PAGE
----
In the Vatican, there is a huge presepe in St. Peter's Square for Christmas. In Rome you will find the most elaborate and largest nativity scenes in the churches in the Piazza del Popolo, Santa Maria in Trastevere, Piazza Euclide and Santa Maria d' Aracoel. The Church of Saints Cosimo and Damiano, by the main entrance to the Roman Forum, has a large, antique nativity scene from Naples on display all year long.

Another important tradition in Italy is the living nativity scene called presepi viventi. Costumed people act out events of the nativity, sometimes over several days, usually on Christmas Day and the day after, as well as January 6 (the Epiphany), which is also the twelfth day of Christmas when the Three Wise Men brought their gifts to Jesus.

There are also many living nativities all over Italy. The one held in Chia in northern Lazio has more than 500 participants. In the Tuscan town of Barga, on the evening of December 23, more than 100 costumed people form a procession behind Mary and Joseph, walking through the town asking costumed tradesmen for lodging. The procession ends at the main square, where a star guides the arrival of the Wise Men.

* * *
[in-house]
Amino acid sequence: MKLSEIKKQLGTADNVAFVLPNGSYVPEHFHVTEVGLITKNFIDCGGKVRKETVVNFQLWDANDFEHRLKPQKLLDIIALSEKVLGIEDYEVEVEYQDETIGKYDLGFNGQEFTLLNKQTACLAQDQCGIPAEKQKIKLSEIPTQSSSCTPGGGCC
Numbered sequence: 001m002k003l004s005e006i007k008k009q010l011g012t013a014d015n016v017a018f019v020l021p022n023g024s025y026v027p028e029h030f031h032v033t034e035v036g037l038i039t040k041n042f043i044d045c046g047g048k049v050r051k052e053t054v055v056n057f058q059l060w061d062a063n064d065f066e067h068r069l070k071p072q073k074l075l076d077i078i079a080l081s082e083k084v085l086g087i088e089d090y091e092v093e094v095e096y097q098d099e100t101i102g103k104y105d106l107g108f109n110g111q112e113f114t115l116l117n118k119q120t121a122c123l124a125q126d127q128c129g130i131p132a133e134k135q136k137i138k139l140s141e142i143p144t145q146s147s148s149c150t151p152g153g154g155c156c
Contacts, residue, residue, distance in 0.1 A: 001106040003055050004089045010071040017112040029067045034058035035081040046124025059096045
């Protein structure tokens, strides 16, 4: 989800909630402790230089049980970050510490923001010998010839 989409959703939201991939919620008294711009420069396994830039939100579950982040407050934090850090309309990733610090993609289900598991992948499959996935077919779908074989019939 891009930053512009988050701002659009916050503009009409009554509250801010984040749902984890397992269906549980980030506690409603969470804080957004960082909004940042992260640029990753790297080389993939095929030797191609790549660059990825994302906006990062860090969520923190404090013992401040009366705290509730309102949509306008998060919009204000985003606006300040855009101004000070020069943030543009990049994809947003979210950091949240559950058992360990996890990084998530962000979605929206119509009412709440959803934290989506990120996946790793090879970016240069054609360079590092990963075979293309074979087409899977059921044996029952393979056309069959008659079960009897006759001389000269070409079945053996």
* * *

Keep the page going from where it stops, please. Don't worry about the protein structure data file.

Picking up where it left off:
In Custonaci, a small town near Trapani in Sicily, the nativity scene is re-enacted inside a cave. During the festivities the entire town is set up to resemble an ancient village with craftspeople and small shops.

In Rivisondoli in the region of Abruzzo, there is a living nativity on December 24 and 25 and the re-enactment of the arrival of the Three Kings on January 5 with hundreds of costumed participants.

As we begin to prepare to celebrate this special time of the year with our families, let us not forget the true meaning and spirit of Christmas. Let us continue to emphasize, hold and cherish the long history and traditions of the nativity and the importance of the birth of Jesus.

To all of my friends and clients, Buon Natale e Felice Anno Nuovo!

Peter D'Attoma is the president of DaVinci Custom Travel & Tours. He has over 25 years of planning and designing independent, custom and escorted tours of Italy for individuals, groups and incentives. For more information call 330-633-2292 or visit www.davincicustomtravel.com.